Originally billed as a biopic of Leonard Bernstein (played with nuance and precision by Cooper himself), the prolific conductor behind West Side Story and On the Town who was long regarded as his nation’s best, this fleet-footed and heady slice of recent history is, in fact, an achingly moving portrait of his wife: Felicia Montealegre Bernstein (Mulligan), a Costa Rica-born, Chile-raised American actor who was a TV stalwart and Broadway star, despite being consigned to the footnotes of history. It might be Cooper’s greatest swerve – just as he ceded ground to Lady Gaga in A Star is Born, letting the musical powerhouse run away with the film, he provides a richly layered and complex depiction of Bernstein, but builds an even bigger platform for his co-star, allowing her to sink her teeth into this meaty, knotty part. From its first shot to its last, the film is a tribute to her, as well as to the impact she had on Bernstein’s life and work.


Looks Like Chipped Nails Are Now Trending
While in recent years, the polished French manicure – which requires precision and perfect application to look good – has become ubiquitous, the tide is turning and many are seeking alternatives. Whether that’s going completely bare, swapping gel formulas for ordinary polish, or getting on board with the chipped nail look like [Olivia] Rodrigo, who makes a surprisingly good case for something a little bit different.


Sofia Coppola’s Priscilla Is A Worthy Successor To Marie Antoinette
There’s a lot to love in Sofia Coppola’s Priscilla. Much like the beloved auteur’s best films – the dreamy The Virgin Suicides, the neon-drenched Lost in Translation, the hedonistic Marie Antoinette, and the gloriously delicate Somewhere – her latest release, which just debuted at the Venice Film Festival, is a sensitive meditation on the secret lives of teenagers and young adults, their boredom and restlessness, and the minutiae that make up their daily existence. It’s a more-than-a-decade-spanning account of the life of Priscilla Presley, Elvis’s impeccably dressed, bouffanted bride of six years, and while it covers all the key milestones of their romance, it’s at its best when it zooms in further, examining the accoutrements of her childhood (miniature porcelain tea sets, rose-printed wallpaper, the army jacket Elvis gives her at the beginning of their courtship) and her not-quite-adulthood (cherry-red nail polish, lipsticks, a tiny bottle of Chanel No 5). In these sequences, as in much of this film, every shot is one you’d want to frame.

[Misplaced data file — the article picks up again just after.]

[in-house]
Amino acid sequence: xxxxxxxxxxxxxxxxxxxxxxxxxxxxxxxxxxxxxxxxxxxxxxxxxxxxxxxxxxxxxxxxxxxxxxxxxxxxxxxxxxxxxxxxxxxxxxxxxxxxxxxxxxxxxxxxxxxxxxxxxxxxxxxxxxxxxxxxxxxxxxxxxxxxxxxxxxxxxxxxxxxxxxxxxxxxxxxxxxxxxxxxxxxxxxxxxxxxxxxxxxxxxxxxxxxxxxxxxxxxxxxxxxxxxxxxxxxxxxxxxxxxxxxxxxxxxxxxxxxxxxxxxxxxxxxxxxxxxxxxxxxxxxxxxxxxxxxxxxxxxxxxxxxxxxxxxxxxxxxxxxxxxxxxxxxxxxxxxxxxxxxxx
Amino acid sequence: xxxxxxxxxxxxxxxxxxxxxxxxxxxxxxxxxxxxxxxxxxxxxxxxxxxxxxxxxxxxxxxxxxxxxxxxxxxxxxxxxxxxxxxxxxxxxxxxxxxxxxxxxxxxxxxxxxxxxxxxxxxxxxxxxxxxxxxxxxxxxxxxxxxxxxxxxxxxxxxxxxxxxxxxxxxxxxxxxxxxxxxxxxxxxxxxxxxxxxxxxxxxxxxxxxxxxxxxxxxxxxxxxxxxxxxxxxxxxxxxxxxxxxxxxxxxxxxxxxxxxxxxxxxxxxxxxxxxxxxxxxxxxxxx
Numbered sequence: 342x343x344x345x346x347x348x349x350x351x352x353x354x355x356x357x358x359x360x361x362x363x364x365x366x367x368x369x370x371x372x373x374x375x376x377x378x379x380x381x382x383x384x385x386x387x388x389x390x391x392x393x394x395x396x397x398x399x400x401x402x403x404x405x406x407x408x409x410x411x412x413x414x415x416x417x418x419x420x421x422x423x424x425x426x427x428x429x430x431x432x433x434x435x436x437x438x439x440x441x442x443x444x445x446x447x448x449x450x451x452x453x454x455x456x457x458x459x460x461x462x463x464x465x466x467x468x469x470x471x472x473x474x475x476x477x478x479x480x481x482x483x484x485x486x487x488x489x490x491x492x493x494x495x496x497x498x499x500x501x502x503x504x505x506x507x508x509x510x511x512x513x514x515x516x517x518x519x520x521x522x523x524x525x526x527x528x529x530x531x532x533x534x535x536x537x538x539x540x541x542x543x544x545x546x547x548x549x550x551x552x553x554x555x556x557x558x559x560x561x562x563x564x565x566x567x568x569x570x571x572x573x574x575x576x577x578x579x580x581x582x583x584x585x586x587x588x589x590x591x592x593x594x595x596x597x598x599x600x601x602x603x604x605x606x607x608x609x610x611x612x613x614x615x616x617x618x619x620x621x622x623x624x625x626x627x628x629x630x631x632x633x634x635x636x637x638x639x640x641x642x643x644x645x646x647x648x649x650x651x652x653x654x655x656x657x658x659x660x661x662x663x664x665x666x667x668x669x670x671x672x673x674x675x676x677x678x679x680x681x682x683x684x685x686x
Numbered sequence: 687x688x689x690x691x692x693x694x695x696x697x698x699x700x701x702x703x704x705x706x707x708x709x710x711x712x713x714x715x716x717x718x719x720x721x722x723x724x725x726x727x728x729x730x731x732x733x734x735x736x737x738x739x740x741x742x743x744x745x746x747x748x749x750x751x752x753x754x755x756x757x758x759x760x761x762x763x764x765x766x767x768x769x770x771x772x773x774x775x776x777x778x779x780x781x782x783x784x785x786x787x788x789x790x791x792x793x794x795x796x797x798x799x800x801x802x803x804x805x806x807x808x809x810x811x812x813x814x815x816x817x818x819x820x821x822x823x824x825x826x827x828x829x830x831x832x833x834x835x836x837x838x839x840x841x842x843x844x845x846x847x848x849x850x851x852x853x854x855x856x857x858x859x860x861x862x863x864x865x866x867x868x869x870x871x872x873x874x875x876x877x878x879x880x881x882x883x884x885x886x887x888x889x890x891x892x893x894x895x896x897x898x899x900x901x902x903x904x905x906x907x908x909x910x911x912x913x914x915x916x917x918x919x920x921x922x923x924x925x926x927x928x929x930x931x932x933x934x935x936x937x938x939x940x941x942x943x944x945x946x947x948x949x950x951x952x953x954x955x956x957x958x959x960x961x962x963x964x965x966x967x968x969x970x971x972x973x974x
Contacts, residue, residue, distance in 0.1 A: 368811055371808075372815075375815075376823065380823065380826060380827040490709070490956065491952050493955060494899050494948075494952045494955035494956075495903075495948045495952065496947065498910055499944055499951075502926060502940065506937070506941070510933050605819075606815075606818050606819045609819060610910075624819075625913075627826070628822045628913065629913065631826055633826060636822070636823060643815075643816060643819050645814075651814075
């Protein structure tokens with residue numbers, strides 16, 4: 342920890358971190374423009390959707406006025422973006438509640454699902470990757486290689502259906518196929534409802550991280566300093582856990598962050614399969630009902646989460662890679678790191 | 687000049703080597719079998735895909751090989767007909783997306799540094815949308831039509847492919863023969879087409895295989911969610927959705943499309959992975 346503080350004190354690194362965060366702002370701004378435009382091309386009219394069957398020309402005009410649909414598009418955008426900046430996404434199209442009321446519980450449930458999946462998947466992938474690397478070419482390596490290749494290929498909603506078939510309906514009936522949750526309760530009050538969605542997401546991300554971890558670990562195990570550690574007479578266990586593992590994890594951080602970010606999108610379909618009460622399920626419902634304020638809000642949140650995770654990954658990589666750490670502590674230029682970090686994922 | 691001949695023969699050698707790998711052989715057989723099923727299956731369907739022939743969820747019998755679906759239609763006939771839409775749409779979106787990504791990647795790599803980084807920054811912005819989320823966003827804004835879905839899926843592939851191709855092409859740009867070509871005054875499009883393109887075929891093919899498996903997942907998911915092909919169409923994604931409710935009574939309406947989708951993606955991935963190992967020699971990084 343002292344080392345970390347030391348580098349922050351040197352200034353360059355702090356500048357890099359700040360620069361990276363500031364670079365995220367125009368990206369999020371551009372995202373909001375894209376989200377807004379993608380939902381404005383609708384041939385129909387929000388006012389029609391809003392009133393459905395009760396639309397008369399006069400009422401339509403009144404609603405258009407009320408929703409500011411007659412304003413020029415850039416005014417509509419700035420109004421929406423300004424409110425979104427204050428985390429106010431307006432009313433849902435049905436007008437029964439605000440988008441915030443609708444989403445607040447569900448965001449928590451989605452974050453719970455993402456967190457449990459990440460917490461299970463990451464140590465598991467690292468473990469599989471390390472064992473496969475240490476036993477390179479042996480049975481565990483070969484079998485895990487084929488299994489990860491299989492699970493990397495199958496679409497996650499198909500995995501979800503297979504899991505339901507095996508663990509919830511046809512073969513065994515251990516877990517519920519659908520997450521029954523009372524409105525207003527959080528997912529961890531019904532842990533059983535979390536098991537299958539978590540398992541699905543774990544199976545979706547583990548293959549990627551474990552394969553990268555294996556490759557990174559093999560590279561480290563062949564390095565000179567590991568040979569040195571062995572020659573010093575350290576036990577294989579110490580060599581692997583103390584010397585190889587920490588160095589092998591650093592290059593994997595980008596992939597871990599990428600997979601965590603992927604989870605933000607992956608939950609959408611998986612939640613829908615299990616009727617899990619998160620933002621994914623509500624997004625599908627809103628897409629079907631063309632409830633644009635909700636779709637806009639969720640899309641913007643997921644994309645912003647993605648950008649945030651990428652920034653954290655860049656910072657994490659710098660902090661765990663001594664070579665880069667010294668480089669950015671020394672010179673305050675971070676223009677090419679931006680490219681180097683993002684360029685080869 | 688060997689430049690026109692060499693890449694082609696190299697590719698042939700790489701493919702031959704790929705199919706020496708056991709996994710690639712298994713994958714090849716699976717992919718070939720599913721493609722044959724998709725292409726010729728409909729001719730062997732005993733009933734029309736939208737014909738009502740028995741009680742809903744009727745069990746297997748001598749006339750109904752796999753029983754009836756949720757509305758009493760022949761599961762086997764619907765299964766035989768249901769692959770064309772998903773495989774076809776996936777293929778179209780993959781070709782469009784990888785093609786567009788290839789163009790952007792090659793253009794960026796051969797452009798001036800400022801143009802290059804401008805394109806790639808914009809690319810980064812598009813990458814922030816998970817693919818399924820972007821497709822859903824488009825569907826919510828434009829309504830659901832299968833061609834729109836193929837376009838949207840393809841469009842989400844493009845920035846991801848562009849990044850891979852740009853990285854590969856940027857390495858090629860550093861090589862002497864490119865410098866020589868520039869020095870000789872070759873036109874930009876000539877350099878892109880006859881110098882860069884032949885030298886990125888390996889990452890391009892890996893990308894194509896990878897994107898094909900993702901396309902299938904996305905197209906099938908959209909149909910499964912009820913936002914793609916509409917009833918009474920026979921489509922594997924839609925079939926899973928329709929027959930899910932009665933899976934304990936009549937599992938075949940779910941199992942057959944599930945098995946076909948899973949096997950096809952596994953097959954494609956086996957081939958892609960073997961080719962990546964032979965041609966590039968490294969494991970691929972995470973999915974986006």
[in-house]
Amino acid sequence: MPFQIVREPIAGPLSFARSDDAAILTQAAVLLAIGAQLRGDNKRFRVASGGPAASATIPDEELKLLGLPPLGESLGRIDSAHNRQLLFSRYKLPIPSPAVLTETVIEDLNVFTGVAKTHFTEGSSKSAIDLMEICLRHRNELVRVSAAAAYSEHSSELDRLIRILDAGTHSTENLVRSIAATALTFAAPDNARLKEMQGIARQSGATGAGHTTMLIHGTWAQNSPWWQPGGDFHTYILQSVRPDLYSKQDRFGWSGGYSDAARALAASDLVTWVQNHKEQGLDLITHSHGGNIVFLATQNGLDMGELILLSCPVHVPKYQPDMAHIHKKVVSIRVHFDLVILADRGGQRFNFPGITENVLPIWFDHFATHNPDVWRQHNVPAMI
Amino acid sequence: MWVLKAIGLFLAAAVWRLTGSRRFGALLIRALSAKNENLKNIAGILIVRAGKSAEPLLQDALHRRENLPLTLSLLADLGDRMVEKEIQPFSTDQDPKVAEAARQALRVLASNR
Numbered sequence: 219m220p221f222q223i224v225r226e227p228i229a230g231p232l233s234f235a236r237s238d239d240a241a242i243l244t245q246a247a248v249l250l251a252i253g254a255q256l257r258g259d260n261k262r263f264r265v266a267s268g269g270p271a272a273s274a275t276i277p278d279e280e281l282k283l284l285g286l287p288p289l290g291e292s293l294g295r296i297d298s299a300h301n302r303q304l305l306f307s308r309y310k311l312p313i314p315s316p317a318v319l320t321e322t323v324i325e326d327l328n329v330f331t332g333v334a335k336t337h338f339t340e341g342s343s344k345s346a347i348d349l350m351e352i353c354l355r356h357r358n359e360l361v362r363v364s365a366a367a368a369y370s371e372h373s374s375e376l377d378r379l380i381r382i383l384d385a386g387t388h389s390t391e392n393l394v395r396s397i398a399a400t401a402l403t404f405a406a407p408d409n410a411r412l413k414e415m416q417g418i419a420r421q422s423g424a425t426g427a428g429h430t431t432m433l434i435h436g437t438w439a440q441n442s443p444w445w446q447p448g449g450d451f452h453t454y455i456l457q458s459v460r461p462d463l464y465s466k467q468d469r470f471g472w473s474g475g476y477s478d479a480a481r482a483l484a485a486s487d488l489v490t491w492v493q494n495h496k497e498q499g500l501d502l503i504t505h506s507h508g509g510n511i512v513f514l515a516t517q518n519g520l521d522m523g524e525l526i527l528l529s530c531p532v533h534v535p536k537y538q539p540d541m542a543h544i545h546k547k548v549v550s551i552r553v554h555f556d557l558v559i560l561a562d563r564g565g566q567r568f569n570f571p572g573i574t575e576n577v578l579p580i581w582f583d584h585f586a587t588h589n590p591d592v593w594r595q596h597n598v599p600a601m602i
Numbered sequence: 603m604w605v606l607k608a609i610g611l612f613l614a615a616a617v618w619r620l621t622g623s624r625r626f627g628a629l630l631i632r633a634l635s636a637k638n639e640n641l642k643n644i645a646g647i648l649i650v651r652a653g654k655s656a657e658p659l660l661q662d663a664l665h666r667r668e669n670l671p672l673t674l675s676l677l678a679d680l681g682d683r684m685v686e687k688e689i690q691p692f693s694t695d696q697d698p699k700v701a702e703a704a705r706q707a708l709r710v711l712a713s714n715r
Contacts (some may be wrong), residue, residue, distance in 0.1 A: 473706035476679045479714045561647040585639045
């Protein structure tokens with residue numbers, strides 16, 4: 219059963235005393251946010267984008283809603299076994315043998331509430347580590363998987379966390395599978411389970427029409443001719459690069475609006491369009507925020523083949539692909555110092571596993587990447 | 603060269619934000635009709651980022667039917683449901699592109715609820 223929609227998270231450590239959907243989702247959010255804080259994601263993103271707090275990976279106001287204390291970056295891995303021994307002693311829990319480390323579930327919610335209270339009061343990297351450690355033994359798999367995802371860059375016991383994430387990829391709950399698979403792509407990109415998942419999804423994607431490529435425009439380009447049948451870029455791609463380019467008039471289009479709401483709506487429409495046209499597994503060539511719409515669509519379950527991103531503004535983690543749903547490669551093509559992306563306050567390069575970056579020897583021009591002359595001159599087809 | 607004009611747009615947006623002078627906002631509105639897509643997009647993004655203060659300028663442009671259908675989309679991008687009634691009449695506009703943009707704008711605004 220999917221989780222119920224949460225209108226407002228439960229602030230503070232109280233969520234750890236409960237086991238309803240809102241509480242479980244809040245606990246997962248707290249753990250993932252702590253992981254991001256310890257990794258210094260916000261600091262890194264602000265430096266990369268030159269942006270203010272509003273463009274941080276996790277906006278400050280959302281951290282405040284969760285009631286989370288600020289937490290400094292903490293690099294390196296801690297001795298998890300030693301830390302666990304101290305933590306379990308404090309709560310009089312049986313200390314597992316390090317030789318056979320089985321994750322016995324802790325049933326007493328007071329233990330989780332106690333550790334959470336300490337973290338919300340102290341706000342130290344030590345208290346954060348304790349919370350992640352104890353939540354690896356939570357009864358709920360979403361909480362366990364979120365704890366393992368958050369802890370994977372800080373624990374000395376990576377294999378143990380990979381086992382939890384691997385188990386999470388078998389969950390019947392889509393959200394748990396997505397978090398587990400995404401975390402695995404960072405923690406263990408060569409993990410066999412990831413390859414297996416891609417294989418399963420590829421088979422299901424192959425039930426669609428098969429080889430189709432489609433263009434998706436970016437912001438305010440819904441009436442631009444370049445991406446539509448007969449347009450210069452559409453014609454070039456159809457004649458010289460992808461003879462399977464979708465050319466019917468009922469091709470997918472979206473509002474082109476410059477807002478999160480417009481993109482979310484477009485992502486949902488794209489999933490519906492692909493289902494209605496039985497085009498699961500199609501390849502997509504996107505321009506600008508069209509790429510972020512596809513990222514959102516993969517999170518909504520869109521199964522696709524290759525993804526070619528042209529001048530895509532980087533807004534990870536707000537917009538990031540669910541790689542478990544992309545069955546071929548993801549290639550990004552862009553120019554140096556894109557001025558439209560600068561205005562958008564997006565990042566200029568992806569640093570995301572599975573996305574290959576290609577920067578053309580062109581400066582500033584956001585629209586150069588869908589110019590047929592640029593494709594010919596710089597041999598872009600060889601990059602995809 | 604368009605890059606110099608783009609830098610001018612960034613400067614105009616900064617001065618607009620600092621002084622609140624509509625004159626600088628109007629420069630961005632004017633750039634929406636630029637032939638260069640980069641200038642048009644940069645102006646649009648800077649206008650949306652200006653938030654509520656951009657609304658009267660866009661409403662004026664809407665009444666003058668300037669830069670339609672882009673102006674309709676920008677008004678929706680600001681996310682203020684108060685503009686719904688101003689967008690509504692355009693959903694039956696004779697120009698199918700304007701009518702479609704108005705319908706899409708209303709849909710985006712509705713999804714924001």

This Old Thing? T&C Reviews: The History of Capes
The garment has been on the periphery of fashion for decades. Now that Old World glamour is back in style, should we commit to the cape for good?

Look at a few Elizabethan portraits and you’ll see it. Sit in front of any American society painting predating the 21st century and you’ll see it there, too. It isn’t the focal point, but somehow it is necessary, enveloping the subject in a cocoon of fine silk and ermine trim. “It provides an atmosphere of its own, lending a context to the sitters—and telling us something about them or their position in life,” Frances Bell, member of the Royal Society of Portrait Painters, tells T&C. “In a literal sense, they are wearing status.”


Poor Things Is A Madcap Delight With A Dazzling Emma Stone Performance
Yorgos Lanthimos’s The Favourite was an unequivocal success – an utterly bonkers 18th-century romp which thrilled audiences, dazzled critics, received 10 Oscar nominations and secured Olivia Colman a well-deserved Best Actress statuette. So, naturally, anticipation has been high for the Greek auteur’s feature-length follow-up, which just premiered at the Venice Film Festival: Poor Things, an equally wacky period piece adapted from Alasdair Gray’s novel of the same name, led by one of the stars of his previous hit, Emma Stone, and penned by one of its writers, Tony McNamara. Does it live up to expectations? In short, yes, but it’s also wilder, weirder and more ambitious than its predecessor – a film which breaks boundaries and subverts our assumptions with as much joy and recklessness as its wide-eyed heroine.


King Charles Now Has His Own Tartan
The King debuted the new design on a kilt at the Braemar Games.

When King Charles appeared at the annual Braemar Gathering this weekend, it was notable for being his first appearance at the event that Queen Elizabeth so loved almost exactly a year after her death. However, there was another first that came into view when the King was pictured enjoying the games from the royal pavilion—a new tartan created specially for him.
The King Charles III tartan was designed to mark the coronation and is intended to reflect the King’s strong support for Scottish culture and dress, a statement from the Scottish Tartans Authority said


At 57, Salma Hayek’s Beauty Looks Just Get Better
Salma Hayek, the enthralling Mexican-American actress and producer, has long been an inspiration – both on the big screen and in the beauty department. With her luscious dark waves and glowing skin, Hayek has mastered the art of effortless beauty.